Audio latency can also be driven down significantly now with Vulkan. The current default is 128ms, with Vulkan we can drive it down to 64 or even 32ms.
Couple this with the aforementioned swapchain images support and there are multiple ways to drive latency down on Android now.
OpenGL music visualizer (for FFmpeg-enabled builds)
Versions of RetroArch like the Linux and Windows port happen to feature built-in integrated FFmpeg support, which allows you to watch movies and listen to music from within the confines of RetroArch.
We have added a music visualizer now. The scene is drawn as a cylindrical mesh with FFT (Fast Fourier Transform) heightmap lookups. Different colors are shaded using mid/side channels as well as left/right information for height.
Note that this requires at least GLES3 support (which is available as well through an extension which most GPUs should support by now).
Improvements to cores
User leileilol contributed a very cool feature to TyrQuake, Quake 64-style RGB colored lighting, except done in software.
To be able to use this feature, you need to create a subdir in your Quake data directory called ‘maps’, and you need to move ‘.lit’ files to this directory. These are the lighting map files that the Tyrquake core will use in order to determine how light should be positioned.
From there on out, you load up the Tyrquake core, you go to Quick Menu -> Options, you enable Colored Lighting. Restart the core and if your files are placed correctly, you should now see the difference.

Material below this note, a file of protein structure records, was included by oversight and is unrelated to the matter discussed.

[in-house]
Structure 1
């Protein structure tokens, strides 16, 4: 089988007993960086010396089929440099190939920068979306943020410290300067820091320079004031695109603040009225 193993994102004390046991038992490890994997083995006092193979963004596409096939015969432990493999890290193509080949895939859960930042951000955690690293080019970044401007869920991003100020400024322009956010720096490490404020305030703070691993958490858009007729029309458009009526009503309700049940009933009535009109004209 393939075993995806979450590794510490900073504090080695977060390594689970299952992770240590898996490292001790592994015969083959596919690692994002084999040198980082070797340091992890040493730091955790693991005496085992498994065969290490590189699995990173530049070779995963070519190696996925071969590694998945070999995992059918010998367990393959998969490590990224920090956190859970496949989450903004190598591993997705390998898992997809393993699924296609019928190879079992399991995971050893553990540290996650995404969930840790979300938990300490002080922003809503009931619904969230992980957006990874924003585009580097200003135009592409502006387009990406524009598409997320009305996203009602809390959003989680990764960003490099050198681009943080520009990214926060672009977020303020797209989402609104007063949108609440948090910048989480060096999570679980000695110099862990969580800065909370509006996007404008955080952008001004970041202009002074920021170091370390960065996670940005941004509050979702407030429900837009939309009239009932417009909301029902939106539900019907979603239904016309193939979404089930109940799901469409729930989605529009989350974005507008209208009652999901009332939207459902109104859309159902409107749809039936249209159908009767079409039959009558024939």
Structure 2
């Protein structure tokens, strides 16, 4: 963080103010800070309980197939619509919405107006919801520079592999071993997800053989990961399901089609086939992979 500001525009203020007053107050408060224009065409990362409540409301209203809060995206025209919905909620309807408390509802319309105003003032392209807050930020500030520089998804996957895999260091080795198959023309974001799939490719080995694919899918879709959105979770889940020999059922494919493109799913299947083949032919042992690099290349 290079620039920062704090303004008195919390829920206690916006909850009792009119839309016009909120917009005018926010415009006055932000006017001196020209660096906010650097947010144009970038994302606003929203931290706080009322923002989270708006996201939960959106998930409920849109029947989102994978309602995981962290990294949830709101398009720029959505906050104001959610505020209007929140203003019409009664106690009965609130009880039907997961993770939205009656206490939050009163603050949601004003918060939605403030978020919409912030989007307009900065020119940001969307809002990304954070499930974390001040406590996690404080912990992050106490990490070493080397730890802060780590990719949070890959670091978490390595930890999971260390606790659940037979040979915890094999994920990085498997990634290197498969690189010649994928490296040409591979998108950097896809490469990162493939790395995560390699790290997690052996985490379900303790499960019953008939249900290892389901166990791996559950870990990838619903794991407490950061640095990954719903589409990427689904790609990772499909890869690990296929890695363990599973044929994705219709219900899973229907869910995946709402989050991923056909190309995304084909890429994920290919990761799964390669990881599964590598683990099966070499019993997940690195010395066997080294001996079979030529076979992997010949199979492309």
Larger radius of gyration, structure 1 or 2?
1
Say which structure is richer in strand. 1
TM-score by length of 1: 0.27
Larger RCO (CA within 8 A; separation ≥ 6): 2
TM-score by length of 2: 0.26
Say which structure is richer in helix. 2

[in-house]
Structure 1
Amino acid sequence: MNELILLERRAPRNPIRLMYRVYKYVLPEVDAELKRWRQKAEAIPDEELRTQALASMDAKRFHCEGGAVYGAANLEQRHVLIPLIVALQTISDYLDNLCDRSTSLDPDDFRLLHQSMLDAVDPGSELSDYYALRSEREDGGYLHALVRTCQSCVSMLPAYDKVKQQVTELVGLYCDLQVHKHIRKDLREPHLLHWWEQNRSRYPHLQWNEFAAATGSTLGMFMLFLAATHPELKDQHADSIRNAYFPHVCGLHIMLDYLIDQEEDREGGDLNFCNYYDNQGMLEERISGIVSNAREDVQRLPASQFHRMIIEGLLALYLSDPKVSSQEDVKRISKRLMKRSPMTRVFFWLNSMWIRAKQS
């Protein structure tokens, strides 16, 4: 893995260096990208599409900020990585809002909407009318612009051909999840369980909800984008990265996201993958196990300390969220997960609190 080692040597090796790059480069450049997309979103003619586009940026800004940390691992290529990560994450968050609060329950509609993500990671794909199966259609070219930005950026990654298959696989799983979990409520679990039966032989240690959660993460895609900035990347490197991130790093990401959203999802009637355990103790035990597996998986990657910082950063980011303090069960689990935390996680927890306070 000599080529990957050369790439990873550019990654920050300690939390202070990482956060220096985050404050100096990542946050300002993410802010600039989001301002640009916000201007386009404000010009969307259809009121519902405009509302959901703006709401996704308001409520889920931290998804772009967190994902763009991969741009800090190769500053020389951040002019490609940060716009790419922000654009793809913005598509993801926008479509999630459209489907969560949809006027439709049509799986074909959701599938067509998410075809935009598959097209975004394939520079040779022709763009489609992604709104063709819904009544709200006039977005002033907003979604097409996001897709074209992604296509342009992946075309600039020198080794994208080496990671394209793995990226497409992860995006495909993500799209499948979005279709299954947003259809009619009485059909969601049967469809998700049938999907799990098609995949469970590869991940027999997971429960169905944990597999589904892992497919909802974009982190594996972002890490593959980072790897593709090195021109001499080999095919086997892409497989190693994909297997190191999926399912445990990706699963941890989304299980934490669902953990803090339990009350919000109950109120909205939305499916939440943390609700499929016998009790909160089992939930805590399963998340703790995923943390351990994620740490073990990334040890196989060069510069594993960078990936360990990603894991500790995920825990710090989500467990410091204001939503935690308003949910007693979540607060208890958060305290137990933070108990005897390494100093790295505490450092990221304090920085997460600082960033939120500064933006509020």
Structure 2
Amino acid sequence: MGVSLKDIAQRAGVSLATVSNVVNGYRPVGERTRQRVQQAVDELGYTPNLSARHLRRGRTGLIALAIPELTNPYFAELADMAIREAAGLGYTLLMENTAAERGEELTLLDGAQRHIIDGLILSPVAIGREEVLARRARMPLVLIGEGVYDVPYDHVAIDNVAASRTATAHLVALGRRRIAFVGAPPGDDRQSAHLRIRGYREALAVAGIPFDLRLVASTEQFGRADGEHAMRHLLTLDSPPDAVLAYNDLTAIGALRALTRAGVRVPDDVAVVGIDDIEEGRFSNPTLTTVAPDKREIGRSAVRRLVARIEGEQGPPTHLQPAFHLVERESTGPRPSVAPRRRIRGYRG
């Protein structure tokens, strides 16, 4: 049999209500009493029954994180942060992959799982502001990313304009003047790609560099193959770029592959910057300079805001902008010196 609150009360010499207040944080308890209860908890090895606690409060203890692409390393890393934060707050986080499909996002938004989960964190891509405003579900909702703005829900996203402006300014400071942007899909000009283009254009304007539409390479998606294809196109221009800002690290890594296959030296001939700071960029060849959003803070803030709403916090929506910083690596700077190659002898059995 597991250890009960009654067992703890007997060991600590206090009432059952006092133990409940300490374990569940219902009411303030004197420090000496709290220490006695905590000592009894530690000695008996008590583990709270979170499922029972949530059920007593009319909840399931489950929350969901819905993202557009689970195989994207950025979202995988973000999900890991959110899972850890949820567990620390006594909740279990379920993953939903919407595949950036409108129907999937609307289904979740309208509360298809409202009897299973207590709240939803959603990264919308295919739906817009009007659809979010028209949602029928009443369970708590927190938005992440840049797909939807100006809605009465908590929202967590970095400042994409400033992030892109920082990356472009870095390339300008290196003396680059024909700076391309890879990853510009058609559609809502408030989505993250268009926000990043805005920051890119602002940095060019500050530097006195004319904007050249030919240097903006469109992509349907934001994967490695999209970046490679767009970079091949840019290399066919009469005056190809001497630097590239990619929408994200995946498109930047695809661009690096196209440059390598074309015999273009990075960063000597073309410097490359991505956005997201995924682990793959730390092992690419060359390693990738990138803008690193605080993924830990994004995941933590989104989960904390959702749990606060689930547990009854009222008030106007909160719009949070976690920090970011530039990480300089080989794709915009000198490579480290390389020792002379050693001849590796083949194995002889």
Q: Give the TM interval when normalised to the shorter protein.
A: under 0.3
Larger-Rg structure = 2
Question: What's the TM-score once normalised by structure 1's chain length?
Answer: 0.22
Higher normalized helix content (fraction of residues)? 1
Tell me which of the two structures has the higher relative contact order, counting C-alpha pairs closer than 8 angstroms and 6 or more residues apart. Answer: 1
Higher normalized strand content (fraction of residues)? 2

Be aware that in order to do this, the game renderer shifts to 24bit color RGB rendering, and this in turn makes things significantly slower, although it should still be fairly playable even at higher resolutions.
To download this, go to ‘Add Content’ -> ‘Download Content’. Go to ‘Tyrquake’, and download ‘quake-colored-lighting-pack.zip’. This should extract this zip to your Downloads dir, and inside the Quake directory. From there, you can just load Quake and the colored lighting maps should be found providing the ‘Colored Lighting’ option has been enabled.
SNES9x emulator input lag reduction
A user on our forum, Brunnis, began some investigations into input latency and found that there were significant gains to be made in Super Nintendo emulators by rescheduling when input polling and video blitting are being performed. Based upon these findings and after some pull requests made to SNES9x, SNES9x Next, and FCEUmm, at least 1 to 2 frames of input lag should be shaved off now.